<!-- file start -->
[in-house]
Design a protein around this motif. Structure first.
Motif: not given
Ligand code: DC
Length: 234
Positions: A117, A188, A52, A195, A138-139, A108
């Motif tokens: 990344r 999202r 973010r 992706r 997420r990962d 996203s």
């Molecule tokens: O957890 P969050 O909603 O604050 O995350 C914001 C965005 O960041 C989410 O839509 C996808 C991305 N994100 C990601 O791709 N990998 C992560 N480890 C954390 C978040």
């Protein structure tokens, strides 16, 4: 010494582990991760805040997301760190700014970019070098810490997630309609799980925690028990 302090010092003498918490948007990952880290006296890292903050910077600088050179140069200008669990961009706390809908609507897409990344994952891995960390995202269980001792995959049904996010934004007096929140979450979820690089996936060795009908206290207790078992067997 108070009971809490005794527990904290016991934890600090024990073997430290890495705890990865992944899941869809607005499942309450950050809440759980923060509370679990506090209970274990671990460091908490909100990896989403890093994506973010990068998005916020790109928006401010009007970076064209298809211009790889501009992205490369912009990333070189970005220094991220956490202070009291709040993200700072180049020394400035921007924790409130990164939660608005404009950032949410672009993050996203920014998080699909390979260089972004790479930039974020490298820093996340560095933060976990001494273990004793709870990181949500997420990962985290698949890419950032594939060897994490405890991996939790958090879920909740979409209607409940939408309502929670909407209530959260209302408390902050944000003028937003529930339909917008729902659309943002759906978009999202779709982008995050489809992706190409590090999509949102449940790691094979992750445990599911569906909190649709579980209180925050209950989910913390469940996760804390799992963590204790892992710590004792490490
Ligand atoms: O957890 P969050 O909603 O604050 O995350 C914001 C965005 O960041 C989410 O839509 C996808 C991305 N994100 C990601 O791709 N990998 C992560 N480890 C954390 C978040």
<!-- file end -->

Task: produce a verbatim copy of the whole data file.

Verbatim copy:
[in-house]
Design a protein around this motif. Structure first.
Motif: not given
Ligand code: DC
Length: 234
Positions: A117, A188, A52, A195, A138-139, A108
């Motif tokens: 990344r 999202r 973010r 992706r 997420r990962d 996203s």
């Molecule tokens: O957890 P969050 O909603 O604050 O995350 C914001 C965005 O960041 C989410 O839509 C996808 C991305 N994100 C990601 O791709 N990998 C992560 N480890 C954390 C978040």
């Protein structure tokens, strides 16, 4: 010494582990991760805040997301760190700014970019070098810490997630309609799980925690028990 302090010092003498918490948007990952880290006296890292903050910077600088050179140069200008669990961009706390809908609507897409990344994952891995960390995202269980001792995959049904996010934004007096929140979450979820690089996936060795009908206290207790078992067997 108070009971809490005794527990904290016991934890600090024990073997430290890495705890990865992944899941869809607005499942309450950050809440759980923060509370679990506090209970274990671990460091908490909100990896989403890093994506973010990068998005916020790109928006401010009007970076064209298809211009790889501009992205490369912009990333070189970005220094991220956490202070009291709040993200700072180049020394400035921007924790409130990164939660608005404009950032949410672009993050996203920014998080699909390979260089972004790479930039974020490298820093996340560095933060976990001494273990004793709870990181949500997420990962985290698949890419950032594939060897994490405890991996939790958090879920909740979409209607409940939408309502929670909407209530959260209302408390902050944000003028937003529930339909917008729902659309943002759906978009999202779709982008995050489809992706190409590090999509949102449940790691094979992750445990599911569906909190649709579980209180925050209950989910913390469940996760804390799992963590204790892992710590004792490490
Ligand atoms: O957890 P969050 O909603 O604050 O995350 C914001 C965005 O960041 C989410 O839509 C996808 C991305 N994100 C990601 O791709 N990998 C992560 N480890 C954390 C978040």